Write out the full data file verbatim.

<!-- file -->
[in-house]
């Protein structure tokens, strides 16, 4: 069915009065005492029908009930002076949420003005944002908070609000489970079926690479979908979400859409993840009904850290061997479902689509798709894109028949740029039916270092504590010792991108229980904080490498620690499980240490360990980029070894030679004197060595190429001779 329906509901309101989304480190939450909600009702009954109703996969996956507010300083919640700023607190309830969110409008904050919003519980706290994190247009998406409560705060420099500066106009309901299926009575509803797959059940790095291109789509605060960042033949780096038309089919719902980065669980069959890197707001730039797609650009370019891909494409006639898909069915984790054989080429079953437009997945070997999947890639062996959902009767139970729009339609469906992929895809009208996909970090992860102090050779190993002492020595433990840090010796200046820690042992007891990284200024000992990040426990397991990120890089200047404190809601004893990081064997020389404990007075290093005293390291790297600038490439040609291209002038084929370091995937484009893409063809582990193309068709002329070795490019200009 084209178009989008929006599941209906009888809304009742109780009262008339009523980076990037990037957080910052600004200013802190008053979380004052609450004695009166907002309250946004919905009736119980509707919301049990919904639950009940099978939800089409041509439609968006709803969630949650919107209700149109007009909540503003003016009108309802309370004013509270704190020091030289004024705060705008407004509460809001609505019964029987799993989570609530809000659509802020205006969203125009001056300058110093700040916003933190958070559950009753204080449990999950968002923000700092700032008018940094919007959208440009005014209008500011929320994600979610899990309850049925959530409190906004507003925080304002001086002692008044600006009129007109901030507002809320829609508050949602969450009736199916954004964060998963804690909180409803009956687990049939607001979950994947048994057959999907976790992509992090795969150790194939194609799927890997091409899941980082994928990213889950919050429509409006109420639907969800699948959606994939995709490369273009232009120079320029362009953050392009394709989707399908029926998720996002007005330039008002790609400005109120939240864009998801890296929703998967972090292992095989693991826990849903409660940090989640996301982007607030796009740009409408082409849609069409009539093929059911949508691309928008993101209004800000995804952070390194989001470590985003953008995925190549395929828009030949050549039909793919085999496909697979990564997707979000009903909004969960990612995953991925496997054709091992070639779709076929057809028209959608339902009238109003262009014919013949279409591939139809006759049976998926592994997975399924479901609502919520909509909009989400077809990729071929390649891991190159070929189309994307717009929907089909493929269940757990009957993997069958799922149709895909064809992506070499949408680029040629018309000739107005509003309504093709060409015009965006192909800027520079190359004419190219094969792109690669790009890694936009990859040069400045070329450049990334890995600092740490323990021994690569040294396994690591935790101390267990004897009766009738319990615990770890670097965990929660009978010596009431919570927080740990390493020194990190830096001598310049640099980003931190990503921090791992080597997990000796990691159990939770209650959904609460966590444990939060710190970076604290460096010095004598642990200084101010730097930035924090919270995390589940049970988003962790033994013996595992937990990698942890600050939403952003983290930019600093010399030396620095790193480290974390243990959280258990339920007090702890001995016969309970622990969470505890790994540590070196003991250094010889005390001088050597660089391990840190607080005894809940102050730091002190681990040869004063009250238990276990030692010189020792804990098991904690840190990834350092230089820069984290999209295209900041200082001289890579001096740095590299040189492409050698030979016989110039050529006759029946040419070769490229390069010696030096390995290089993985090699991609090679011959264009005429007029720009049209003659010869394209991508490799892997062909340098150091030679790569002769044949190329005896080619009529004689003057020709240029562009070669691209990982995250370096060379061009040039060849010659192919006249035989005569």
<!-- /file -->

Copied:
[in-house]
């Protein structure tokens, strides 16, 4: 069915009065005492029908009930002076949420003005944002908070609000489970079926690479979908979400859409993840009904850290061997479902689509798709894109028949740029039916270092504590010792991108229980904080490498620690499980240490360990980029070894030679004197060595190429001779 329906509901309101989304480190939450909600009702009954109703996969996956507010300083919640700023607190309830969110409008904050919003519980706290994190247009998406409560705060420099500066106009309901299926009575509803797959059940790095291109789509605060960042033949780096038309089919719902980065669980069959890197707001730039797609650009370019891909494409006639898909069915984790054989080429079953437009997945070997999947890639062996959902009767139970729009339609469906992929895809009208996909970090992860102090050779190993002492020595433990840090010796200046820690042992007891990284200024000992990040426990397991990120890089200047404190809601004893990081064997020389404990007075290093005293390291790297600038490439040609291209002038084929370091995937484009893409063809582990193309068709002329070795490019200009 084209178009989008929006599941209906009888809304009742109780009262008339009523980076990037990037957080910052600004200013802190008053979380004052609450004695009166907002309250946004919905009736119980509707919301049990919904639950009940099978939800089409041509439609968006709803969630949650919107209700149109007009909540503003003016009108309802309370004013509270704190020091030289004024705060705008407004509460809001609505019964029987799993989570609530809000659509802020205006969203125009001056300058110093700040916003933190958070559950009753204080449990999950968002923000700092700032008018940094919007959208440009005014209008500011929320994600979610899990309850049925959530409190906004507003925080304002001086002692008044600006009129007109901030507002809320829609508050949602969450009736199916954004964060998963804690909180409803009956687990049939607001979950994947048994057959999907976790992509992090795969150790194939194609799927890997091409899941980082994928990213889950919050429509409006109420639907969800699948959606994939995709490369273009232009120079320029362009953050392009394709989707399908029926998720996002007005330039008002790609400005109120939240864009998801890296929703998967972090292992095989693991826990849903409660940090989640996301982007607030796009740009409408082409849609069409009539093929059911949508691309928008993101209004800000995804952070390194989001470590985003953008995925190549395929828009030949050549039909793919085999496909697979990564997707979000009903909004969960990612995953991925496997054709091992070639779709076929057809028209959608339902009238109003262009014919013949279409591939139809006759049976998926592994997975399924479901609502919520909509909009989400077809990729071929390649891991190159070929189309994307717009929907089909493929269940757990009957993997069958799922149709895909064809992506070499949408680029040629018309000739107005509003309504093709060409015009965006192909800027520079190359004419190219094969792109690669790009890694936009990859040069400045070329450049990334890995600092740490323990021994690569040294396994690591935790101390267990004897009766009738319990615990770890670097965990929660009978010596009431919570927080740990390493020194990190830096001598310049640099980003931190990503921090791992080597997990000796990691159990939770209650959904609460966590444990939060710190970076604290460096010095004598642990200084101010730097930035924090919270995390589940049970988003962790033994013996595992937990990698942890600050939403952003983290930019600093010399030396620095790193480290974390243990959280258990339920007090702890001995016969309970622990969470505890790994540590070196003991250094010889005390001088050597660089391990840190607080005894809940102050730091002190681990040869004063009250238990276990030692010189020792804990098991904690840190990834350092230089820069984290999209295209900041200082001289890579001096740095590299040189492409050698030979016989110039050529006759029946040419070769490229390069010696030096390995290089993985090699991609090679011959264009005429007029720009049209003659010869394209991508490799892997062909340098150091030679790569002769044949190329005896080619009529004689003057020709240029562009070669691209990982995250370096060379061009040039060849010659192919006249035989005569």